July 01, 2008

Canada Day, 2008

Today is Canada Day - more specifically, Canada's 141's birthday. (She doesn't look a day over 120 . . .)

It has been my practice, since my first Canada Day blogging in 2004, to tell the story of one Canadian patriotic song. This year, the song both isn't, and is, Canadian: "God Save the Queen."

This song is actually a British patriotic song. The author and composer are unknown. The phrase "God save the King" originated in the English Bible (specifically, the Coverdale Bible of 1535, though it was retained also in the King James Version). It was also employed as a naval watchword, the countersign to which was, "Long to reign over us."

The form we are familiar with originated in 1745, when it was sung in theatres (anyone else old enough to remember singing the national anthem at the movies?):

God save our gracious Queen,
Long live our noble Queen,
God save the Queen:
Send her victorious,
Happy and glorious,
Long to reign over us:
God save the Queen.

"God Save the Queen" is the unofficial national anthem of England, its usage having been established by tradition rather than legislation. Similarly, here in Canada it is the unofficial "Royal Anthem," played in the presence of royalty or the Governor-General, but has no legal standing. When I was in elementary school, it was sung after "O Canada" during daily opening exercises.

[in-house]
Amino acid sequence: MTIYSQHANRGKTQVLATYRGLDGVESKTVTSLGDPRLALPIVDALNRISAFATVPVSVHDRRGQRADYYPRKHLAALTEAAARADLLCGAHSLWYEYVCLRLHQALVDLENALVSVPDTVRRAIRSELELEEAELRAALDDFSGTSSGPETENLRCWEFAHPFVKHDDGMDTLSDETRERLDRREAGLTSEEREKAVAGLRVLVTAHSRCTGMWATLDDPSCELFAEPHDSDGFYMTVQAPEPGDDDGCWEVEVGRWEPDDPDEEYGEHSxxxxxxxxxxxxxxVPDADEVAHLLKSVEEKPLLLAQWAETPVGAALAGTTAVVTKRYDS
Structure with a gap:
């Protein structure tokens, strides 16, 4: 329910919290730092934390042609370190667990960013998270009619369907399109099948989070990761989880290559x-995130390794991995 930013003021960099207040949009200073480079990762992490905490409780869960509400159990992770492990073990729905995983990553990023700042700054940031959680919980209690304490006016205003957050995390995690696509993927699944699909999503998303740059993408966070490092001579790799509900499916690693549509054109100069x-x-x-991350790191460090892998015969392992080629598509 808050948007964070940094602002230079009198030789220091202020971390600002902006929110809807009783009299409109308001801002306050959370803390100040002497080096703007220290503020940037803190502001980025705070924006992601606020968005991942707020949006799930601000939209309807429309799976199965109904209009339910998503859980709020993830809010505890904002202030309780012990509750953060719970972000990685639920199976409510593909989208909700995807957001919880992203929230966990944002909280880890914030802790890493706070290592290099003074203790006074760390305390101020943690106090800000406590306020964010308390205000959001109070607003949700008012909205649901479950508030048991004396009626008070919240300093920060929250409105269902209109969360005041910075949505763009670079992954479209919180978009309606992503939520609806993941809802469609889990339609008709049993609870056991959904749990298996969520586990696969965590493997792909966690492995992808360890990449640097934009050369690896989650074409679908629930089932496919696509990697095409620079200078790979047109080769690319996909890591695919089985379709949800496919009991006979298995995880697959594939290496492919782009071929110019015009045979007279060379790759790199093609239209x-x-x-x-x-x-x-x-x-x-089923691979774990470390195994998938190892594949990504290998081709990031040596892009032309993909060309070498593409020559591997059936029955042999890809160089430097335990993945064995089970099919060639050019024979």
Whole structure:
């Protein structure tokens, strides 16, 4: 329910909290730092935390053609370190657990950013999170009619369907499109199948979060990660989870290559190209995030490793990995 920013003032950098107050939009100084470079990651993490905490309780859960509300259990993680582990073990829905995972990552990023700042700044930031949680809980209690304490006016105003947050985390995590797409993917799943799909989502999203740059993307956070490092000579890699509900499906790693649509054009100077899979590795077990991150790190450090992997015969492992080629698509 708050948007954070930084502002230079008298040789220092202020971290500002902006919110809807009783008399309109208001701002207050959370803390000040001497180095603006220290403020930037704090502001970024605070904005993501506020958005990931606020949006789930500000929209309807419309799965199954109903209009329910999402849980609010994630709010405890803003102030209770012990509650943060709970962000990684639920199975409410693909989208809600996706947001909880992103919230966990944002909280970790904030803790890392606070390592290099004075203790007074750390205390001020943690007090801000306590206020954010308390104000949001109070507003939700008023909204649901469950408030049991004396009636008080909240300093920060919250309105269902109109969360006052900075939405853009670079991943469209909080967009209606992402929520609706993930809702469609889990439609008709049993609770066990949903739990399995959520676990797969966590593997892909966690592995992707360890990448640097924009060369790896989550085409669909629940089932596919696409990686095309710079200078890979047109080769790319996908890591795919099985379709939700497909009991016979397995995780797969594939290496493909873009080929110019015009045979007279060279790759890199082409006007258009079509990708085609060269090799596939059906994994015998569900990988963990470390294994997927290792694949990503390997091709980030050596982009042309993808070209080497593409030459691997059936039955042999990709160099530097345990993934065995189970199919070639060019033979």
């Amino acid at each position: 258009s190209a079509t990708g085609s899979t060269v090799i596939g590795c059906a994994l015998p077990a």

Two other, more politically incorrect verses, are rarely sung today:

O Lord, our God, arise,
Scatter thine enemies,
And make them fall:
Confound their politics,
Frustrate their knavish tricks,
On thee our hopes we fix:
God save us all.

Thy choicest gifts in store,
On her be pleased to pour;
Long may she reign:
May she defend our laws,
And ever give us cause
To sing with heart and voice
God save the Queen.

Though it isn't a Canadian song, in a sense it is, since Canada is a constitutional monarchy, and the Queen of England is also our head of state, designated the Queen of Canada. While pro-royalty sentiment in Canada may not be what it is in London, or what it used to be, naturally Canadians wish Her Majesty well.

In Canada the anthem has an additional verse, though again it is almost never sung. Admittedly, the reference to the British Empire is rather obsolescent:

Our loved Dominion bless
With peace and happiness
From shore to shore;
And let our Empire be
Loyal, united, free
True to herself and Thee
God save the Queen.

"God Save the Queen" is, I"m sure, familiar to all natives of English-speaking countries. In the United States, the melody is used for "My Country, 'Tis of Thee." It is well known even outside the English-speaking world: the melody has been used in the past for the national anthems of Germany (Beethoven once composed a "theme and variations" on it), Switzerland, and Russia; and is still used as the anthem of Liechtenstein, as well as the royal anthem of Norway and Sweden. (Britannia certainly does rule the sound waves!) So it seems almost redundant to provide the usual link to the tune in MIDI format. Nonetheless, here it is.

Happy Birthday, Canada. And God save our gracious Queen.

Previous Canada Day songs: